Going through the fog

Today I drove to work. I do that regularly, but this time there was quite a lot of fog around, and the early hour made it appear even heavier than it actually was.

I could not help but feel that going through the fog is a bit like writing. Especially when you write freely, without a real fleshed-out plan.

The area directly around you is visible. You have a reasonable idea what you have, what you can write about. It is what you see without straining your eyes. Further away there are shapes. Some you recognise, like trees, buildings, lamp-posts. The fog however eats up their exact shape, so they may have changed since you last saw them. Well, they probably haven’t. Although… did the house on the corner really look like that yesterday?

Going further away in the fog there are still shapes, shadows really. Things that probably belong there, but… what are they? What were they? What will they turn into? The mist shrouds their real nature, there is promise in these shapes, potential. And potential threat. Will they make life good, or are they there to ruin the story?

And then there is the material you can’t see. It is hidden behind the thick layers of low cloud and fog. You know it’s out there, waiting to be discovered, to be used, to appear and do whatever it can to and in your story. You can only find it when you “boldly go into the fog, where no author has gone before“, and seek out everything that is there, waiting for you. And yes, at times that can be a bit scary, when you go out on a limb into a realm you’ve never set foot before. There may be rock or solid ground, but you can also find yourself in quicksand.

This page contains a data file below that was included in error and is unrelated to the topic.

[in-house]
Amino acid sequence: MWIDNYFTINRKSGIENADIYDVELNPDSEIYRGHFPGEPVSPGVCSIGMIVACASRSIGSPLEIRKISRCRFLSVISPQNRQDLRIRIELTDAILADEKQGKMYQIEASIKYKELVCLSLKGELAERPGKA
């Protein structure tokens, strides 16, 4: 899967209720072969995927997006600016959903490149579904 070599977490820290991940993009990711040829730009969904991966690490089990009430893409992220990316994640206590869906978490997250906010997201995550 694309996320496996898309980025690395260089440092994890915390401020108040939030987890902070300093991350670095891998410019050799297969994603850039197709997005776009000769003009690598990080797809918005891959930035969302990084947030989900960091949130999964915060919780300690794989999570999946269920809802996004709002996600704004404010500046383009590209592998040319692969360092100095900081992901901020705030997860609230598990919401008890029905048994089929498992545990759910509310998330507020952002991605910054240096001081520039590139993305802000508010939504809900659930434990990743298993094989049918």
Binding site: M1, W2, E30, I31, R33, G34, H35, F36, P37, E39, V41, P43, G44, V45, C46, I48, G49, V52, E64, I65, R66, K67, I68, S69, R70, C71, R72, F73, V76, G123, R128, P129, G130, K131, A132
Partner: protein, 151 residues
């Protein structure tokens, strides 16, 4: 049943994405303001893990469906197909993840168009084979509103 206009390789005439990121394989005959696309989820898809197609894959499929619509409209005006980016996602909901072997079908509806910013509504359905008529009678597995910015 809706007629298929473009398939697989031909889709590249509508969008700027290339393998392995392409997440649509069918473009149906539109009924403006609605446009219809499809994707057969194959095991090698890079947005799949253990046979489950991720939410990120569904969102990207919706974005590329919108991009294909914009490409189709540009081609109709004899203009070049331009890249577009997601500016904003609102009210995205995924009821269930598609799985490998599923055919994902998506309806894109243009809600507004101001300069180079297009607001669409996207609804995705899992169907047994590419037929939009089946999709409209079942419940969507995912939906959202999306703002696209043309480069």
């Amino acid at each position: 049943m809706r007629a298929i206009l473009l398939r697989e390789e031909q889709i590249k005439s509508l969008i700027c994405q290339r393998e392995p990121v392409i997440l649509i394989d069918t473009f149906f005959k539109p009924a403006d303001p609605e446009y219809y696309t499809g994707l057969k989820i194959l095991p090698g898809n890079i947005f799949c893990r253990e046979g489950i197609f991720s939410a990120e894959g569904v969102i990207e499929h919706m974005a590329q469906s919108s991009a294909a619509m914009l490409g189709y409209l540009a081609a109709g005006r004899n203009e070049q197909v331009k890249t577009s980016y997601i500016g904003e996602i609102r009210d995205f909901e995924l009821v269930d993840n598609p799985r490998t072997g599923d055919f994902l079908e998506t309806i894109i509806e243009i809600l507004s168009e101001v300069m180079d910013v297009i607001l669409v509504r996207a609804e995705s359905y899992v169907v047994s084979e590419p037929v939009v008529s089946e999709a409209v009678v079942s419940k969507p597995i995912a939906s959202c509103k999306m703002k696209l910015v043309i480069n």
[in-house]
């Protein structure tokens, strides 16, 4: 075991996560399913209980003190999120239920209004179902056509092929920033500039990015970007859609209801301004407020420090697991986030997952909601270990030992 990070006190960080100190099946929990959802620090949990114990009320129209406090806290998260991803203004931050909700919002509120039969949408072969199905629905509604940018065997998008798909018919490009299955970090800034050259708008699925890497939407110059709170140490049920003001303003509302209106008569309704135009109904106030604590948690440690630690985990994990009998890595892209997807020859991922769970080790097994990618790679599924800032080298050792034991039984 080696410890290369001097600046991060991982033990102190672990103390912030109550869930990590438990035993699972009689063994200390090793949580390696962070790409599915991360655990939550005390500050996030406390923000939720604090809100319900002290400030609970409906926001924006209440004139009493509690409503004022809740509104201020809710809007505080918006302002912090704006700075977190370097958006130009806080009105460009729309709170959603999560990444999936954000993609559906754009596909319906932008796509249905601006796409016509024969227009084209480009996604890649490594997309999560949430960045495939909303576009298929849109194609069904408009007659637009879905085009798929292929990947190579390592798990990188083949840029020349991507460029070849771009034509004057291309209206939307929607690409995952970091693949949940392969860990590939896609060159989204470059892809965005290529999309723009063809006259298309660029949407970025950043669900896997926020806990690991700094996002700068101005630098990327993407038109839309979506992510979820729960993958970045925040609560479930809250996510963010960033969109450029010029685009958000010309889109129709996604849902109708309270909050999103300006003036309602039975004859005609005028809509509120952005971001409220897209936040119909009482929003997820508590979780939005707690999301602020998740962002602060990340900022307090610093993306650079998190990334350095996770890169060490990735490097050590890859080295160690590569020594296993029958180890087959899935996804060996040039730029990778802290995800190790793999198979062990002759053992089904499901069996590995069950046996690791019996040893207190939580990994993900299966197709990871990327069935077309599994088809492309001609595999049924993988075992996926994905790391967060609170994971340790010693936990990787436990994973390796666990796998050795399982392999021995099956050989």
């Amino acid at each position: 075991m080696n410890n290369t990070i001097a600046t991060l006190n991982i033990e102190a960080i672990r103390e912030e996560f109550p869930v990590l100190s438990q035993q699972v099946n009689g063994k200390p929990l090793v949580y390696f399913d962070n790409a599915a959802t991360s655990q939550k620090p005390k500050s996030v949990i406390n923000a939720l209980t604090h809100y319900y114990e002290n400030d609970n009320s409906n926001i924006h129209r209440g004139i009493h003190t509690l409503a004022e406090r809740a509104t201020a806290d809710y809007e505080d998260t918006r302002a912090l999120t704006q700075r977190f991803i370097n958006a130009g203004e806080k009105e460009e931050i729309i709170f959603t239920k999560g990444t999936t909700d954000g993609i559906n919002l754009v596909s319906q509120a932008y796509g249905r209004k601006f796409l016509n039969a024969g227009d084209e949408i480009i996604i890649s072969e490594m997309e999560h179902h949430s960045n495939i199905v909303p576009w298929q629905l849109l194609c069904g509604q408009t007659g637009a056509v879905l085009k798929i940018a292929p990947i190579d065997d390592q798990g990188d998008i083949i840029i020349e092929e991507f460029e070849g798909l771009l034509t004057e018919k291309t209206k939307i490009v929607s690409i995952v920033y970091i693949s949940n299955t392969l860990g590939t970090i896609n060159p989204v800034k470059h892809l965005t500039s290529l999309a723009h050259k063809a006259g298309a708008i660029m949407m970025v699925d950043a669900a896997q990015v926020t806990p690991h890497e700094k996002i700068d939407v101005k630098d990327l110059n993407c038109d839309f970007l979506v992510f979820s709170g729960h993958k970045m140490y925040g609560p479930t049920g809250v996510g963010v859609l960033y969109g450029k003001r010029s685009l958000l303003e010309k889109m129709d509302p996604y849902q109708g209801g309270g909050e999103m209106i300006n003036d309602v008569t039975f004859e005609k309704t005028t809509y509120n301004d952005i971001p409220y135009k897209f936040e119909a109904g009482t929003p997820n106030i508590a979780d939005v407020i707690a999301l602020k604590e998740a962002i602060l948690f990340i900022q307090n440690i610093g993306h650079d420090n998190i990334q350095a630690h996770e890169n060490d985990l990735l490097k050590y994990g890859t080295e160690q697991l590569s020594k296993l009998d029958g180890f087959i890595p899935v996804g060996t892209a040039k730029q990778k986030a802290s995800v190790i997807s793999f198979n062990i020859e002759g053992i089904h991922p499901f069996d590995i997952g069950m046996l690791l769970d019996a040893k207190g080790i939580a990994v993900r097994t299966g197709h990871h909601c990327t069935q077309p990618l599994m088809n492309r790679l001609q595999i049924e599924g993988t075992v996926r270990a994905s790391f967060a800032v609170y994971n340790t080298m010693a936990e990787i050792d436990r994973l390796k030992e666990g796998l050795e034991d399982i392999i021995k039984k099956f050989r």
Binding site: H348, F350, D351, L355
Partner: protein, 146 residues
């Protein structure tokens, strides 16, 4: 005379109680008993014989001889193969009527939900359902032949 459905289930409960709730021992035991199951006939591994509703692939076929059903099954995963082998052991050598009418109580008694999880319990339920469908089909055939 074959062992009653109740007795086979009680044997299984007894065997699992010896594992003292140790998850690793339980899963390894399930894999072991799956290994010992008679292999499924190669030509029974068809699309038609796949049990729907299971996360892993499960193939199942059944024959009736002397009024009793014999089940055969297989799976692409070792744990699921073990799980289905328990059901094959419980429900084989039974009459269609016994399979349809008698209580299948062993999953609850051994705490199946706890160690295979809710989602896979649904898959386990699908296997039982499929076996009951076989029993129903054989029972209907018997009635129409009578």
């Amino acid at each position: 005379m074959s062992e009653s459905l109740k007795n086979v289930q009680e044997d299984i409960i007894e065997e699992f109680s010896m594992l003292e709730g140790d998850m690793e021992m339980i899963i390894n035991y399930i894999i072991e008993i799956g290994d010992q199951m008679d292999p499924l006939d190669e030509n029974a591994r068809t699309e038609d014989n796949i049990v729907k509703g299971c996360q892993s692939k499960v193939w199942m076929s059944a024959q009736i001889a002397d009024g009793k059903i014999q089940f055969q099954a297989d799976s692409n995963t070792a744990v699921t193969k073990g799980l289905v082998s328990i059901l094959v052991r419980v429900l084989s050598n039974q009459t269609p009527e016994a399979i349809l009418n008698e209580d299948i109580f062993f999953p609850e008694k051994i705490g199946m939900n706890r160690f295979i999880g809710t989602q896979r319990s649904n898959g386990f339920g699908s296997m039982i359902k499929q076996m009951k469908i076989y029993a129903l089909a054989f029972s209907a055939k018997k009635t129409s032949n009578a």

This way, going through the fog is like writing for me. Exciting, and full of promises. Some of which aren’t kept. And some I never saw coming.


3 Responses to Going through the fog

  1. Jim Murdoch says:

    There are so many times I’ve wished I was a plotter and all I had to do once I had my plot in mind was fill in the blanks but none of my books have been like that in fact the last one I got lost in ‘the fog’ and ended up somewhere I never expected. It was a worthwhile place to end up but it’s scary not knowing where you’re going. At the end you look back at the choices you made along the way and they seem the most obvious and natural but at the time…

    • Paul Kater says:

      Oh yes, I recognise that so well, Jim. It happened a few times with Hilda’s 6th story. I really stared at the story and wondered what had happened to get me there. I had no intention of “that”, but it was there.

      I once tried plotting things out and “fill in the blanks” as you put it, but that did not work for me. I kept going astray, sailing away from the plot and getting frustrated over that. In the end I threw the plot list into the fog (it probably hit the quicksand) and went the other way.

      The fog’s become my (sometimes scary, sometimes intimidating) friend.

  2. SGM (Plumps) says:

    I think that says it all … that nails it as it sometimes is. Best descrption of the process I’ve come across so far ;)

    Thanks for being creative and keeping up the writing spirit.

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